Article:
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The right to take risks

I've been on holiday this week - we couldn't go to our boat in France so settled on a week on Dartmoor, walking, wild swimming and tasting the wonderful Devon produce. Our current accommodation even has a vineyard...

All this time has led to me spending time reflecting on how we discourage people from making their own decisions and urge caution, rather than encourage self-determination and setting their own risk threshold. Words of warning trip off the tongues of health and social care professionals far quicker than words of encouragement; healthcare professionals want to look after people and keep them safe. That feels very natural and is often no bad thing when they lack the capacity, or experience and knowledge, to make their own 'unwise' decisions.

I can't count how many times I have been advised by perfectly nice people that wild swimming is very dangerous, that people die from swimming in cold water and the British waterways are full of disease and detritus. Many places have warnings on wooden posts banged into the hard ground. |some of the signs might be warranted, but many are just about concerns around liability rather than any particular risk.

I uphold my right to swim in beautiful places that may be a bit harder than the local leisure centre to access. I really hope as I become older still, I do not face increased pressure not to do what I love doing and what it incredibly good for me. In the main text book in my Towards Outstanding series, I tell the story of an 86 year-old woman, who swims every day, (all year round) in the sea, but who faces increasing pressure from her family and neighbours to stop because they are worried about the risks. They fail to see the huge benefits this brings this woman - not only physical wellbeing but social contact and mental wellbeing too. She says it keeps her young - and I believe her. That is worth the risks, to her.

This was one of our swimming spots this week. A beautiful moorland quarry, filled with the sparkling water of the Tavy. Lots of people (like our children, who now, mistakenly, think they are in a place to determine what risks we can take) tell us they think it is 'a step too far' and ask what will happen if we get injured or develop hypothermia. What they fail to acknowledge is that whilst we could fall scrambling down the rocks to enter the water, we always check carefully for the safest entry point. Yes, it really is very cold and we would get hypothermia in the depths of winter if we weren't acclimatised, or if we stayed in too long. Yes, it is a good way from the nearest road but we always ensure we know the grid reference and postcode of the car park that we have used. Basically, we are reasonably competent adults who are capable of assessing risks, taking any action we consider necessary to mitigate risk and then deciding whether we want to take the plunge.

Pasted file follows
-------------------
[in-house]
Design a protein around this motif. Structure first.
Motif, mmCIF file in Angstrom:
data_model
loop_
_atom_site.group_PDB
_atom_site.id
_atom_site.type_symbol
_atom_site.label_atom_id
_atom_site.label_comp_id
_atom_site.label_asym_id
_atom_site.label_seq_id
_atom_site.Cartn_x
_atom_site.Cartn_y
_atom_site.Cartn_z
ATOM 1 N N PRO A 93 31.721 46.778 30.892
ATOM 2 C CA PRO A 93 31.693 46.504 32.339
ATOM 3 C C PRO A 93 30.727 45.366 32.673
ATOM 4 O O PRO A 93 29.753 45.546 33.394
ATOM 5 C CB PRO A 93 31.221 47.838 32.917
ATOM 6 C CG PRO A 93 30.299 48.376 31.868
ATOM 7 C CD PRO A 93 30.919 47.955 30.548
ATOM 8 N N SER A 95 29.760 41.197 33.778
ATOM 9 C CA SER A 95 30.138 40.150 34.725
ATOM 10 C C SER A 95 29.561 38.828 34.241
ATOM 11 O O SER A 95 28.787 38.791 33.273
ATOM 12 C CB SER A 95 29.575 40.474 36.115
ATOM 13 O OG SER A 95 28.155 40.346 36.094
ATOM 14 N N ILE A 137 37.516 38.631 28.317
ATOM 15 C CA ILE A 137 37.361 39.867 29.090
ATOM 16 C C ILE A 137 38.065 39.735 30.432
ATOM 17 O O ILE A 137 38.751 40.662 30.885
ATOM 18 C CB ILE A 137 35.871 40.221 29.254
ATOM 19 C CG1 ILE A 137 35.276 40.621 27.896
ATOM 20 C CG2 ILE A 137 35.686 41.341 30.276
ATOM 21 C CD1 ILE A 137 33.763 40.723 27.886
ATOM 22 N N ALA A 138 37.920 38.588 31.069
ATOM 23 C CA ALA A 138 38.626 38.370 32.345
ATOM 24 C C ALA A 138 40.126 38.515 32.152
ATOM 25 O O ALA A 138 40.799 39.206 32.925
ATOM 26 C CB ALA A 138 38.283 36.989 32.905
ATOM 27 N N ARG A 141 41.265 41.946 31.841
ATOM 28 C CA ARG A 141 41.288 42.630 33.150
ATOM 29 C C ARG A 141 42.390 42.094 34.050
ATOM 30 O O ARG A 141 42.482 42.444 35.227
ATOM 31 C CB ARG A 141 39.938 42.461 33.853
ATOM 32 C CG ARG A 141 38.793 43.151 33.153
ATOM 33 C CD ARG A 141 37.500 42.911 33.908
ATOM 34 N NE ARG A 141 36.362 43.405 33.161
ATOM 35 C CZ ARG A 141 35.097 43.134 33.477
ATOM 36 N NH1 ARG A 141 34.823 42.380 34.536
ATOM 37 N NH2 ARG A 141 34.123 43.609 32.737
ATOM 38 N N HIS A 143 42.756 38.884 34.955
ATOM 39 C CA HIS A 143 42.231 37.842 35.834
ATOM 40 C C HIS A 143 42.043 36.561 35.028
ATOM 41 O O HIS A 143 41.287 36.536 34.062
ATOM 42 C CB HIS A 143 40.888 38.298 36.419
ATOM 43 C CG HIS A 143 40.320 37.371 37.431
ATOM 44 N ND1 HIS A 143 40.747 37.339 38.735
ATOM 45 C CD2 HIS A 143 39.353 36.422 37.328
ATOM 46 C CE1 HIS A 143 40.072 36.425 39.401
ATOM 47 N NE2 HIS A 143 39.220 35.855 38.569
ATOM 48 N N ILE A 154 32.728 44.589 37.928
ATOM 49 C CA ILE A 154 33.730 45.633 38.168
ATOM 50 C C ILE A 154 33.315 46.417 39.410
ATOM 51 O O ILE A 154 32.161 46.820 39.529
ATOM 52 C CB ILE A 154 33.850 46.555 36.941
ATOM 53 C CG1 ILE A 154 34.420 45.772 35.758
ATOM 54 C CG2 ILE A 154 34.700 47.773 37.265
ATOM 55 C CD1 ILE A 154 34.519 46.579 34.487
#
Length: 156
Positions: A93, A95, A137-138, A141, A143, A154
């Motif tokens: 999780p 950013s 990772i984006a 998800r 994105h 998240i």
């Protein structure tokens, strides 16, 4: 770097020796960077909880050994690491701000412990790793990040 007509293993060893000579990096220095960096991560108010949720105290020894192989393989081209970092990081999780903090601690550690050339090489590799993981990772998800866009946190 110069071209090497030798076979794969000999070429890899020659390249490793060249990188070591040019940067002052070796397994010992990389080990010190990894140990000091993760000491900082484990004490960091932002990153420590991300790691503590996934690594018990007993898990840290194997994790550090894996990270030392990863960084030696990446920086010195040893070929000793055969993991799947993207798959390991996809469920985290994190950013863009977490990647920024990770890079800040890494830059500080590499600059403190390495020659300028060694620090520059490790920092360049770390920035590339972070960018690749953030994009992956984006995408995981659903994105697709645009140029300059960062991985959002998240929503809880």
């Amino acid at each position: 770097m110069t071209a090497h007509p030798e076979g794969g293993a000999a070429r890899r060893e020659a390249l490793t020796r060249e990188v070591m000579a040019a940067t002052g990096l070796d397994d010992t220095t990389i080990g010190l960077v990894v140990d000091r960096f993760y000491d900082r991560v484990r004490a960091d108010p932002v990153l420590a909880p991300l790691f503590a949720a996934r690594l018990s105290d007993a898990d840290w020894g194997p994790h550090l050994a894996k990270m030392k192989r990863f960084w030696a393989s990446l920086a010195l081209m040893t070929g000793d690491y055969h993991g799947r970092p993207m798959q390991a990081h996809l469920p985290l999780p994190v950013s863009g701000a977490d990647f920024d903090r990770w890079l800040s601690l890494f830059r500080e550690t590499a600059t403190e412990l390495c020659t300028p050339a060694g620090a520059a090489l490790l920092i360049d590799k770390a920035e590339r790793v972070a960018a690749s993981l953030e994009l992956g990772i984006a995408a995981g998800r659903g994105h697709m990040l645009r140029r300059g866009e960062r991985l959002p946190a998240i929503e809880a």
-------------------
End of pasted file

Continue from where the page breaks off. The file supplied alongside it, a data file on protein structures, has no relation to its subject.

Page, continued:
Many, many adults are either fully cognisant and have full capacity, or can be supported to make their own decisions. The law requires them to be allowed to; one of the principles of the Mental Capacity Act (2005) is the right to make unwise decision. There are two principles that are particularly key for wild swimming (or skydiving, or riding pillion on a motorcycle or having sex with five different people in a week, or drinking more than one glass of Sancerre).

  • - a person is not to be treated as unable to make a decision for themselves unless all practical steps have been taken to help them make it, without success

  • - a person is not to be treated as unable to make a decision merely because they make an unwise or eccentric decision

Obviously, there are times when people are unable to make decisions and need others to make decisions to support or discourage particular activities in their best interests. That isn't when the family think Granny going to the shops in the rain without a coat or eating two whole tubs of ice cream is something that should be stopped (unless Granny really can't be supported to make that decision for herself). It is where there are risks that Granny cannot truly consider or assess for herself.

Still on Dartmoor, there were some sweet foals around and it made me think that we are programmed to care for those who cannot protect themselves. The very young, the injured or unwell and the elderly. Striking the balance between caring or protecting and removing their right to self determination isn't always easy - but is always important.

I recall telling my late mother that I wasn't going to support her smoking habit, and lecturing her about the risks. She listened with a half-smile and then pointed out that the greatest risk was that it might shorten her life, since she was already 91 years-old at the time, it wasn't really a problem was it? I reluctantly recognised her right to make, what I considered, was a very unwise decision. Point being, it wasn't my decision to make.

Questions you might want to reflect on;

  • How often do you make decisions for people who can make decisions for themselves

  • Do you apply pressure or fail to give full information about alternative courses and risks/benefits?

  • Might you promote one treatment over another because you believe it is in the patient's best interests?

  • What if Mr. Smith wants to have daily tot of whisky despite end stage liver failure or a history of falls?

My self-development workbook is a good resource if you want to build the use of reflection , to improve your own, your team's and your service's everyday practice.

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